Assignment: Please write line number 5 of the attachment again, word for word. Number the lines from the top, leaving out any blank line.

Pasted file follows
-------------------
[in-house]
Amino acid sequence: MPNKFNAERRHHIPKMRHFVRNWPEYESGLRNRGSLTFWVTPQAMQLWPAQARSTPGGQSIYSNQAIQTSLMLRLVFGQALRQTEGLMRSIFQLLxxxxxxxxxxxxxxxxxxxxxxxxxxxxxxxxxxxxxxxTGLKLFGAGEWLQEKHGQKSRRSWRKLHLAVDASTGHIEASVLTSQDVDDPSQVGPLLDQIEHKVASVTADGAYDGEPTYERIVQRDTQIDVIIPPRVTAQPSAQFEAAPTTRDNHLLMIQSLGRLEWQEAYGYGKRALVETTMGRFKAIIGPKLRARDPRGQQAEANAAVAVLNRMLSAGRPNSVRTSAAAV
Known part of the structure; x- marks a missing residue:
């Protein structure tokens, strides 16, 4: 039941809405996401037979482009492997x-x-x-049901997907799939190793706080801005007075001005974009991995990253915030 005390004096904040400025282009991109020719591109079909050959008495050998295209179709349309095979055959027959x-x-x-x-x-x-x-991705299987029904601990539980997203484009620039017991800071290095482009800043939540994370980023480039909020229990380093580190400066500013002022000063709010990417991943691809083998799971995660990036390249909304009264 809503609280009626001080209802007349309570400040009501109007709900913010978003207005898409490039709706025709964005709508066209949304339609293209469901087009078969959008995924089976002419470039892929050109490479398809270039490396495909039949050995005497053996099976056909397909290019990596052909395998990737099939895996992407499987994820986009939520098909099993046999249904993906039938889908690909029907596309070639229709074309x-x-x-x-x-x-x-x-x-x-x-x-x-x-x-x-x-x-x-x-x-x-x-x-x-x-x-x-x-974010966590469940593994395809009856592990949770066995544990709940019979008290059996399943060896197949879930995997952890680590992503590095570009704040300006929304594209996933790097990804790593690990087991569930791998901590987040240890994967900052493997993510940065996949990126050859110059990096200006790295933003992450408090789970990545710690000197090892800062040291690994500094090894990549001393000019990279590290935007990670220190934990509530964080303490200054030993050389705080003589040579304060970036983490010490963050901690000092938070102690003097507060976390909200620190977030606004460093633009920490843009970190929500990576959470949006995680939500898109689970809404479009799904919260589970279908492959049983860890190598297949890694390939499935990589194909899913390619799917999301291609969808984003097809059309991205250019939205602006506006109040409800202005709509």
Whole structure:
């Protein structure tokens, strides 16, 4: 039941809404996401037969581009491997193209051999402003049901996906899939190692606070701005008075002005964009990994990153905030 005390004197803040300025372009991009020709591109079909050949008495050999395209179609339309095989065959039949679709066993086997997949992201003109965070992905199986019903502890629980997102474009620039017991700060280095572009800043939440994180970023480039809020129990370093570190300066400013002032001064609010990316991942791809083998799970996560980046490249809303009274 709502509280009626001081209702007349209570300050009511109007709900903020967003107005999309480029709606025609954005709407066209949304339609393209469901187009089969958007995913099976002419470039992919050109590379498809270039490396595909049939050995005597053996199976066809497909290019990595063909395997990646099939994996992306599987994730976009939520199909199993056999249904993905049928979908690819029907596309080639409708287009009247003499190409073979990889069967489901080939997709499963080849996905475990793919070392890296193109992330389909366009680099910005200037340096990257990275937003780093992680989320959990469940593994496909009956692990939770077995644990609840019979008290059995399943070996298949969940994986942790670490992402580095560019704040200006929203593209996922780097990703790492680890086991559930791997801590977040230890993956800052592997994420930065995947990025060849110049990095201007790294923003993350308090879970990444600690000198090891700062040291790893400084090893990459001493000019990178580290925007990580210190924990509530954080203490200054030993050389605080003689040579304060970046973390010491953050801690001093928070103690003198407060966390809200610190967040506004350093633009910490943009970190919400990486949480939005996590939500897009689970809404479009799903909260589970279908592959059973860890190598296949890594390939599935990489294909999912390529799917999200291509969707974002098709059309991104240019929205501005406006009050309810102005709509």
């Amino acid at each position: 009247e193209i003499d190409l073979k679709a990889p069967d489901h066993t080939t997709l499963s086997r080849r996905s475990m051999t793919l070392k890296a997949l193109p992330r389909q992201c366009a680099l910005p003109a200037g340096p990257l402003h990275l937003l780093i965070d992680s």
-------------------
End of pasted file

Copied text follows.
Whole structure: